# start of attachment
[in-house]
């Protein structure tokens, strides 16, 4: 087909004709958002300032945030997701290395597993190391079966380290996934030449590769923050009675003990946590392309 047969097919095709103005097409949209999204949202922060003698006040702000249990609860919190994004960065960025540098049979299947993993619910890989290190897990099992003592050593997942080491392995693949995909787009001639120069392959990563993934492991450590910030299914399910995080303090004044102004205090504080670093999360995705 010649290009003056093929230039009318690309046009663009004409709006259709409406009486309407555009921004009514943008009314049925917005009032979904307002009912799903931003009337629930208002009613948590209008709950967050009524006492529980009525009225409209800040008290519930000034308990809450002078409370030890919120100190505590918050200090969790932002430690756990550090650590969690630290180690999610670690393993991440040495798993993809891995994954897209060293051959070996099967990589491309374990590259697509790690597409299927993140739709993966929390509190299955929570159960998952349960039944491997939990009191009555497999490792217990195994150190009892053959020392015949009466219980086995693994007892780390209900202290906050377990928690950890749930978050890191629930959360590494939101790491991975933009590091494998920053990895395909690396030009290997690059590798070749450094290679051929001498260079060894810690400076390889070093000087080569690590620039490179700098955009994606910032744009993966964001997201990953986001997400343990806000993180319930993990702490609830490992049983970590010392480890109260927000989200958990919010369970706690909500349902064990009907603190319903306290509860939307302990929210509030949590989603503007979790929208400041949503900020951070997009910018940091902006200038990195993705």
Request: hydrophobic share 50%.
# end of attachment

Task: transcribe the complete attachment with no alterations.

[in-house]
């Protein structure tokens, strides 16, 4: 087909004709958002300032945030997701290395597993190391079966380290996934030449590769923050009675003990946590392309 047969097919095709103005097409949209999204949202922060003698006040702000249990609860919190994004960065960025540098049979299947993993619910890989290190897990099992003592050593997942080491392995693949995909787009001639120069392959990563993934492991450590910030299914399910995080303090004044102004205090504080670093999360995705 010649290009003056093929230039009318690309046009663009004409709006259709409406009486309407555009921004009514943008009314049925917005009032979904307002009912799903931003009337629930208002009613948590209008709950967050009524006492529980009525009225409209800040008290519930000034308990809450002078409370030890919120100190505590918050200090969790932002430690756990550090650590969690630290180690999610670690393993991440040495798993993809891995994954897209060293051959070996099967990589491309374990590259697509790690597409299927993140739709993966929390509190299955929570159960998952349960039944491997939990009191009555497999490792217990195994150190009892053959020392015949009466219980086995693994007892780390209900202290906050377990928690950890749930978050890191629930959360590494939101790491991975933009590091494998920053990895395909690396030009290997690059590798070749450094290679051929001498260079060894810690400076390889070093000087080569690590620039490179700098955009994606910032744009993966964001997201990953986001997400343990806000993180319930993990702490609830490992049983970590010392480890109260927000989200958990919010369970706690909500349902064990009907603190319903306290509860939307302990929210509030949590989603503007979790929208400041949503900020951070997009910018940091902006200038990195993705």
Request: hydrophobic share 50%.